1 Careful readers of the New Testament, though not technically trained, can con- 
struct the expository argument on its main lines for themselves. They should 
keep to the first three gospels, read "age" for "world" in most places where it makes 
sense, and understand "treasure — or reward — in heaven" not of where the treasure is 
to be enjoyed, but where it is being kept. Also, "the Kingdom of God" is evidently 
Jesus' usual phrase; and Luke 17:21 refers to the Kingdom's sudden irruption: the 
translation "among you" is near enough. These hints may help to correct other 


The change which Jesus expected is only subordinately 
a change in the material world. It is a regenerated, revolu- 
tionized order of human life upon the earth. Some synoptic 
passages indeed, judged to be essentially his because they are 
characteristic of him and closely represent their oldest sources, 
appear inconsistent with this anticipation. Such incongruities 
are unavoidable in a conception which no vision or thought 
can make a complete unity. There are glorious confusions 
from hopes so exultant that they can never, to our thought 
at least, be realized on this earth; as the absence of death, 
the tangible presence of those risen from the dead, including 
himself, and the ordering of the forms of human life upon 
celestial models — "like unto the angels." That these con- 
fusions did not confuse him is due to his prophetic consciousness, 
essentially different from the claim of a magical clairvoy- 
ance of future events. It is not a rationalizing, system- 
atically constructive consciousness. He was not concerned 
to work out a Utopian system. The new order is the Father's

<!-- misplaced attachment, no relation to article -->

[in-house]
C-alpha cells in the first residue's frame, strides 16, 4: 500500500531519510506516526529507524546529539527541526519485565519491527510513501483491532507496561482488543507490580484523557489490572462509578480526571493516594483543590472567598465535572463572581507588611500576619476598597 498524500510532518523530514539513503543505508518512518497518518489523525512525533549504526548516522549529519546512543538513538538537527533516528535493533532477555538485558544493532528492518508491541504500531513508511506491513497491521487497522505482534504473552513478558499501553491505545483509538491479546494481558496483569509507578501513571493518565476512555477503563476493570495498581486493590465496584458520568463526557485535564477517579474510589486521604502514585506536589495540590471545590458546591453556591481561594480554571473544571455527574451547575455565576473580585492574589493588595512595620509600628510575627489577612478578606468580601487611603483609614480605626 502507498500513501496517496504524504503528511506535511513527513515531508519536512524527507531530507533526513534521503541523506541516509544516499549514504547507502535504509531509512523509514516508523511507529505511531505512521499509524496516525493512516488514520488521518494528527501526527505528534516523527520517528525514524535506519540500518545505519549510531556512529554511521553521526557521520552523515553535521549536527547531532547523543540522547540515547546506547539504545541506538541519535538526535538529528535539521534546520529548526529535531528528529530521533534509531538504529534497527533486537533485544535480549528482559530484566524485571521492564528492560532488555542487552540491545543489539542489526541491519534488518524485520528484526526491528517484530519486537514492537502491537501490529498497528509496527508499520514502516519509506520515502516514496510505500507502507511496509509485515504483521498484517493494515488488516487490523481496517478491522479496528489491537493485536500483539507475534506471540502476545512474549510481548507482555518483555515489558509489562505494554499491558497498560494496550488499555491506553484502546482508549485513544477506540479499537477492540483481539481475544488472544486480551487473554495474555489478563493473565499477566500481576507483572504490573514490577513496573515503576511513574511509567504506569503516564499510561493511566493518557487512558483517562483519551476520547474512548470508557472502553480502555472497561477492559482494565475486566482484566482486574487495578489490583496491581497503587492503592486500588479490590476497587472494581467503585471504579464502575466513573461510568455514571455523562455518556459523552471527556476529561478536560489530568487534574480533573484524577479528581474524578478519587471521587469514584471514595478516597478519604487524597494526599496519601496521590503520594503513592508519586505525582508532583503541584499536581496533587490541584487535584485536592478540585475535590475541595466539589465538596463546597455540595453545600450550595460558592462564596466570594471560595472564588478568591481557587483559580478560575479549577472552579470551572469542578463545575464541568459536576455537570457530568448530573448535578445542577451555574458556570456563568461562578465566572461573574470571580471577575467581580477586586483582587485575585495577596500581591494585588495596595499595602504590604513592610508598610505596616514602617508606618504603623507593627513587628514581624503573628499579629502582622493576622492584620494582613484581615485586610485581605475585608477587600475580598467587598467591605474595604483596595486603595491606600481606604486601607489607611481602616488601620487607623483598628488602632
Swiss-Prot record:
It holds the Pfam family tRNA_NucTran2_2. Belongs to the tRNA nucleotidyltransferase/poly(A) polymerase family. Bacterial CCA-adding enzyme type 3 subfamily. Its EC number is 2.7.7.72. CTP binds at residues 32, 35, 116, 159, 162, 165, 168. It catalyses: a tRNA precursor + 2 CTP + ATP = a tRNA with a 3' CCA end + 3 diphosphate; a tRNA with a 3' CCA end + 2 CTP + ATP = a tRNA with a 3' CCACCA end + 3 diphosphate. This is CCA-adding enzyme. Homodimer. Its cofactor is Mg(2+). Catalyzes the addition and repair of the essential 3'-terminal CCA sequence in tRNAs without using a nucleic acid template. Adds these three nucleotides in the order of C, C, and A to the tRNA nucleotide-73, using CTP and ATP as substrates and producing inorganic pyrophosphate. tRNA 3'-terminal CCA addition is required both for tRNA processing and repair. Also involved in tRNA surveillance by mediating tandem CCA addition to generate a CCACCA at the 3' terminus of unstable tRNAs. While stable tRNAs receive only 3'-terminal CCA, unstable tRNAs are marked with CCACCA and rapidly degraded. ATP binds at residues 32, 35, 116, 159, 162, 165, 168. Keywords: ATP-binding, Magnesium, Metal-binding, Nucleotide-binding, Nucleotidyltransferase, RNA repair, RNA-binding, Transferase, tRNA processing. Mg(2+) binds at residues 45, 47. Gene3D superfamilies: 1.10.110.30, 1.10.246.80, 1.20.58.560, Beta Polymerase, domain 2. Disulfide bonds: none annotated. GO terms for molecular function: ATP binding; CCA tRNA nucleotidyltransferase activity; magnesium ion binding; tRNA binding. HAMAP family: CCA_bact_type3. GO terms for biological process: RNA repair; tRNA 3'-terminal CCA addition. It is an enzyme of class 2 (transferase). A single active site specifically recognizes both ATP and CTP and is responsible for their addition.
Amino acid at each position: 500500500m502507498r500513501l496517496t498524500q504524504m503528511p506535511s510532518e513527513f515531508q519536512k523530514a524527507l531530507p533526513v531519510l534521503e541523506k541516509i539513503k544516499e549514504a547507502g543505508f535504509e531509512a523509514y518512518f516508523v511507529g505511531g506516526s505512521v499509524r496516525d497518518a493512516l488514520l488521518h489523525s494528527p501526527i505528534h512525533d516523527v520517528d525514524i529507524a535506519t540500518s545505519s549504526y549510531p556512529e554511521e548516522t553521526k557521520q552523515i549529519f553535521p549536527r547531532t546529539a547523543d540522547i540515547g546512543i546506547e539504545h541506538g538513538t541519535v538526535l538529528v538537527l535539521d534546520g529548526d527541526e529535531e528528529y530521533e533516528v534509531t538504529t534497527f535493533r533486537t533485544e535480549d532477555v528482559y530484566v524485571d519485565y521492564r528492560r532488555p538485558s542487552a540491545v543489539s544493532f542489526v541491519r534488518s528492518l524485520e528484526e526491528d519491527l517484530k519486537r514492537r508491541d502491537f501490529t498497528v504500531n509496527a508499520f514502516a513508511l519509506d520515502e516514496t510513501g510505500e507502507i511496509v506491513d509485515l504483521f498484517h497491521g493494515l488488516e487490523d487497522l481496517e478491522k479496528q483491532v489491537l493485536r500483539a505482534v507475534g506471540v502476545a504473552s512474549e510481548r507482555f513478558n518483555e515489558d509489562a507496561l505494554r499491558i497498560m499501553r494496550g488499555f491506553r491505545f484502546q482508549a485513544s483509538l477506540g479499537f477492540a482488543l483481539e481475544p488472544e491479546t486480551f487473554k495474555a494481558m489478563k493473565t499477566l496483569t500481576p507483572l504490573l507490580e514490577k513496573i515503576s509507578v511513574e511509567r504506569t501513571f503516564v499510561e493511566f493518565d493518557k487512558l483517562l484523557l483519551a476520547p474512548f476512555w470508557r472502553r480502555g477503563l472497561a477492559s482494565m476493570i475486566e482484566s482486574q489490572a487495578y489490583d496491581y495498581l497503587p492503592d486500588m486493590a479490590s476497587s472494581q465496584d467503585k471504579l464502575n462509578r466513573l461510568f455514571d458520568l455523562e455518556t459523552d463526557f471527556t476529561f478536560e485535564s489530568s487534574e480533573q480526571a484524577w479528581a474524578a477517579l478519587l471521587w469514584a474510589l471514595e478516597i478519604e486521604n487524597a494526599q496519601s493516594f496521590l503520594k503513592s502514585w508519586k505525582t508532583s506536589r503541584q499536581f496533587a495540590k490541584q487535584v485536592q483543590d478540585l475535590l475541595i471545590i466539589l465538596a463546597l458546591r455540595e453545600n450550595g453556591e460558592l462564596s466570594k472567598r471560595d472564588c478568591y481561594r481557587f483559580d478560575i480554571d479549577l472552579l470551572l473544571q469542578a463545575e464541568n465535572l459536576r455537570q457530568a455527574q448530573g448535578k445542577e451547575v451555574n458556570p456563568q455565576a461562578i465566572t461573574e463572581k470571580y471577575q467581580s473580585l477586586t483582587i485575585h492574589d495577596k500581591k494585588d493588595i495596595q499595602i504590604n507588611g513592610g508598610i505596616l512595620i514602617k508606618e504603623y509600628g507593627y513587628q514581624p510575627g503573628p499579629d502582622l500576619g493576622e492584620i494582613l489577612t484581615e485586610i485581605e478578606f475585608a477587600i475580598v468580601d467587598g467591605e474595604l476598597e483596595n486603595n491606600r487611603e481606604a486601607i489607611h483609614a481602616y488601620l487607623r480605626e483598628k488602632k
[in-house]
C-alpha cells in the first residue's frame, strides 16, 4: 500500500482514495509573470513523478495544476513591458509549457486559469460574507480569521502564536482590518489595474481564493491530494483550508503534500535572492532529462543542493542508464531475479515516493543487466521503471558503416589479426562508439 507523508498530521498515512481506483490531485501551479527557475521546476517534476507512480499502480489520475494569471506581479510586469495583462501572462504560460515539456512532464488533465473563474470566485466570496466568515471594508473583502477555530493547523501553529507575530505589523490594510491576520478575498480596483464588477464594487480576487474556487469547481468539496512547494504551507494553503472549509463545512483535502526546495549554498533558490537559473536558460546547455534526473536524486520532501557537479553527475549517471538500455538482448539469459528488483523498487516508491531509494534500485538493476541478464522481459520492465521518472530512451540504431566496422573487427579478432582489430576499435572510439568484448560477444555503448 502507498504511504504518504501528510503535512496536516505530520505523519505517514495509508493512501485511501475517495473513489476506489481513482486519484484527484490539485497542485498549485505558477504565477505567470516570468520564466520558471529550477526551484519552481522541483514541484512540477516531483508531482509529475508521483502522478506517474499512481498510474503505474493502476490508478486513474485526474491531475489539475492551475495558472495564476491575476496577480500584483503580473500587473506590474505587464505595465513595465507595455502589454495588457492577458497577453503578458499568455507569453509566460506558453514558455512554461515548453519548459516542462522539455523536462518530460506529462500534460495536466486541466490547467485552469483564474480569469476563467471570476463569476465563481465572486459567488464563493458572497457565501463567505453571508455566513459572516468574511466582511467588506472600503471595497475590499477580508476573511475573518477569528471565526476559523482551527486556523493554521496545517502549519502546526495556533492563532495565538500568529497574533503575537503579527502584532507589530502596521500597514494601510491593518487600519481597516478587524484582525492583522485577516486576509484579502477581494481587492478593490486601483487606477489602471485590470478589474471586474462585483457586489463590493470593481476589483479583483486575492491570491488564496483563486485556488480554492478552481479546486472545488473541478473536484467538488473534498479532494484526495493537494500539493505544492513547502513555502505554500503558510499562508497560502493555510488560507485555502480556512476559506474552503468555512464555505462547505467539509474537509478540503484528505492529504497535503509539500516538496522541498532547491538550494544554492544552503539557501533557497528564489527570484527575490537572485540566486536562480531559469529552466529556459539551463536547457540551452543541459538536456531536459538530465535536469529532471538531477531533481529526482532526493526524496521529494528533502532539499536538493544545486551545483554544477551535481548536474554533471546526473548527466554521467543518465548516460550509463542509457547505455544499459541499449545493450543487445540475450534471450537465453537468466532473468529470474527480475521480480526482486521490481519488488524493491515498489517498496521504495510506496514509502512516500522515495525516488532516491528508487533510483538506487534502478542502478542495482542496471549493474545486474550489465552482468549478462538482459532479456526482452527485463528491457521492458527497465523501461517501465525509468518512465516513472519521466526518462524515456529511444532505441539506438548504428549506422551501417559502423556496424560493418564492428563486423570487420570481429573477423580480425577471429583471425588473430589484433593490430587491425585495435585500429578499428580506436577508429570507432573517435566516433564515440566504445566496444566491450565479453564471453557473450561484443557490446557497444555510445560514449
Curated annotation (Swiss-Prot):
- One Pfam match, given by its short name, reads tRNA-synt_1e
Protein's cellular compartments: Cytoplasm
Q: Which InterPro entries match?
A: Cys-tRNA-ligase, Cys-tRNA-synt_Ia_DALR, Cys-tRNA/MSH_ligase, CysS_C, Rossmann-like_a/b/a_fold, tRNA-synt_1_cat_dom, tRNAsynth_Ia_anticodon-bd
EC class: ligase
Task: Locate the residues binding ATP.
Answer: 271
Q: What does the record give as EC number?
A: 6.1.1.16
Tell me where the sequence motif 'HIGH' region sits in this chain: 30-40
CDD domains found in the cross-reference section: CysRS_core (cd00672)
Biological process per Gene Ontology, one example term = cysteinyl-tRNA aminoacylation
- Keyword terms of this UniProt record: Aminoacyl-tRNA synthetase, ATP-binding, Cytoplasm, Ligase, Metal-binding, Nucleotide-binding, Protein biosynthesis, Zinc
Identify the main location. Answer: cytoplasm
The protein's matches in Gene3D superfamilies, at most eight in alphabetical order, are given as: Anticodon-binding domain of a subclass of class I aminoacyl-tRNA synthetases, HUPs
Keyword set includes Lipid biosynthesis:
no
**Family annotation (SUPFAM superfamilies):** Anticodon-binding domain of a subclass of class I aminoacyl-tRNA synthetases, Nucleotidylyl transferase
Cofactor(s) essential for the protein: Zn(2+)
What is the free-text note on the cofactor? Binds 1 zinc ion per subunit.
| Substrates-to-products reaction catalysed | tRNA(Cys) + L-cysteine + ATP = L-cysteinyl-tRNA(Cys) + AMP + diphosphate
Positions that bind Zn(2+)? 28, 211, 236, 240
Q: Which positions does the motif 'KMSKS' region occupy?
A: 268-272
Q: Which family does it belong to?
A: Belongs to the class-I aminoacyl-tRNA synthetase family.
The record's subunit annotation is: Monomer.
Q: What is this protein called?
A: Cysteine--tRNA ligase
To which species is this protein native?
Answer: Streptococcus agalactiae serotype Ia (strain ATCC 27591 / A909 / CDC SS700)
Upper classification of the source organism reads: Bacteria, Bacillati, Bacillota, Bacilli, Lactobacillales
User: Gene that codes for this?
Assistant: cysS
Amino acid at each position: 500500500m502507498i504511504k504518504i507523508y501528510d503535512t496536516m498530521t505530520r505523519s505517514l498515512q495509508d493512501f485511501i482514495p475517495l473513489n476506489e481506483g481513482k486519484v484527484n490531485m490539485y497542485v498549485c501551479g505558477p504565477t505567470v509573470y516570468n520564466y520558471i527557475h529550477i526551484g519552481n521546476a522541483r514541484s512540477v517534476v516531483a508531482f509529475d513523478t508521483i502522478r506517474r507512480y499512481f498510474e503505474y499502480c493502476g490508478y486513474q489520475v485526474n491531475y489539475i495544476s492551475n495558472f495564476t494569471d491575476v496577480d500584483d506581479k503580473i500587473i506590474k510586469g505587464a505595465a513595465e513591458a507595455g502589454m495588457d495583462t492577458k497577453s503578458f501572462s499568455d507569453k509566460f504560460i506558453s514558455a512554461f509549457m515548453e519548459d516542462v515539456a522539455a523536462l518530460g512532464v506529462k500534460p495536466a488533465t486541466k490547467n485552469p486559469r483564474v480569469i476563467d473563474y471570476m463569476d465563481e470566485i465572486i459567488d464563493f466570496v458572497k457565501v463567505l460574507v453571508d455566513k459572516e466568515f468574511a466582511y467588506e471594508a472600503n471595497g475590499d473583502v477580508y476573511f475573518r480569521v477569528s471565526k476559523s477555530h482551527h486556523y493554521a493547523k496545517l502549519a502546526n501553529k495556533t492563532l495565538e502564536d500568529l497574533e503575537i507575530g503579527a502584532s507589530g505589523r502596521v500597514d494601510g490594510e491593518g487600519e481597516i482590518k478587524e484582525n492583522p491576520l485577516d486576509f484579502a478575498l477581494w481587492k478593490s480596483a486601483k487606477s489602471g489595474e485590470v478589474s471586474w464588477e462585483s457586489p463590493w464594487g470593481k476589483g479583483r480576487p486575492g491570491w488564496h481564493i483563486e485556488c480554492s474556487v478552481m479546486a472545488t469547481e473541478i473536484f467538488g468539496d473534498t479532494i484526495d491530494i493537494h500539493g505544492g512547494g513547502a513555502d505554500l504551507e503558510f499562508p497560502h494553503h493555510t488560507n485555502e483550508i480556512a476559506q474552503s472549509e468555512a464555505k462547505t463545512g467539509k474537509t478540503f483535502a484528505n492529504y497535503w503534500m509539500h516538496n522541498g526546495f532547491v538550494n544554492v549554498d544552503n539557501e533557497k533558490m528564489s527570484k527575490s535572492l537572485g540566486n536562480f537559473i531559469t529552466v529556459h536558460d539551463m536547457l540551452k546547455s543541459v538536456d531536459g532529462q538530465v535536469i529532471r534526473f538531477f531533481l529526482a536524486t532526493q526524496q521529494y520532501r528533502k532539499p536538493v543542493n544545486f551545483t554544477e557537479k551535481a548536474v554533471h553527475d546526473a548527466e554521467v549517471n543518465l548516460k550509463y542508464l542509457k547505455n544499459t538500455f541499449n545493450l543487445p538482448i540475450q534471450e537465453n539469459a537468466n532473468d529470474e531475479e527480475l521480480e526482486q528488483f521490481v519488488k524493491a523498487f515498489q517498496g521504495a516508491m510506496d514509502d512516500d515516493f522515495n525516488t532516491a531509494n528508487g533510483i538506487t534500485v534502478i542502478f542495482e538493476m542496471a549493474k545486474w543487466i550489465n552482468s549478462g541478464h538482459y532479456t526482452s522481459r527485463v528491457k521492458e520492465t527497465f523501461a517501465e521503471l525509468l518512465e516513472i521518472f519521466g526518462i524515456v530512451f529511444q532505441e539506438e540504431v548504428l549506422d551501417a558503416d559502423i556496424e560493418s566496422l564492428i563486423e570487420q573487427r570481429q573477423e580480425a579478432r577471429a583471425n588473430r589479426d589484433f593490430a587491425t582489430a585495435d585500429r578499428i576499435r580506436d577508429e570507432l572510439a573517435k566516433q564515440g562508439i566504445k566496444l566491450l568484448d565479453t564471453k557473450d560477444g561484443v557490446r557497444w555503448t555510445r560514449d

gift. It includes every good which the Father can bestow 
upon his children. How its blessings are to be interrelated is 
the Father's concern, not his. Of inexhaustible significance 
is his relation of the Kingdom to the divine Fatherhood. 

He thought that nothing men can do hastens or retards 
this impending divine event. Its coming and the moment of 
its coming depend upon God only. Far from his faith was the 
Jewish assumption, that if Israel should keep the law for one day 
the Kingdom of God would come. Yet men are to await it, 
not with folded hands, but with girded loins and lamps trimmed 
and burning. "Repent" was his proclamation, "for the 
Kingdom of God is at hand." The word inadequately trans- 
lated "repent" means an inward revolution. It is not merely 
a repudiation of the conduct condemned by the morality and 
religion of his time or of any imperfect time. It is not satisfied 
with standards of righteousness below those which his own life 
expressed. The very spirit of the Kingdom, the inward 


holiness, self -renouncing devotion, and all-enduring, all-forgiving 
ministering love, to which the blessings of the new order corre- 
spond, must be implanted and must grow in the receptive heart. 
Not that this establishes the Kingdom in the heart thus directed 
to it. Nor has it become established in the present fellowship 
of men thus changed in mind. It is to be a regnant social 
order, not yet realized. Yet this new life in the soul makes its 
possessors sons of the Kingdom, no longer children of the present 
age. This part of Jesus' gospel opens to us his own inexhaustible 
treasures of character, spiritual life, and devoted ministry. 
These are the two essential, inclusive elements of Jesus' 
message: the all-important divine event in the near future 
and preparation of heart for it. "Be changed inwardly: for 
the Kingdom of God is at hand." But between these two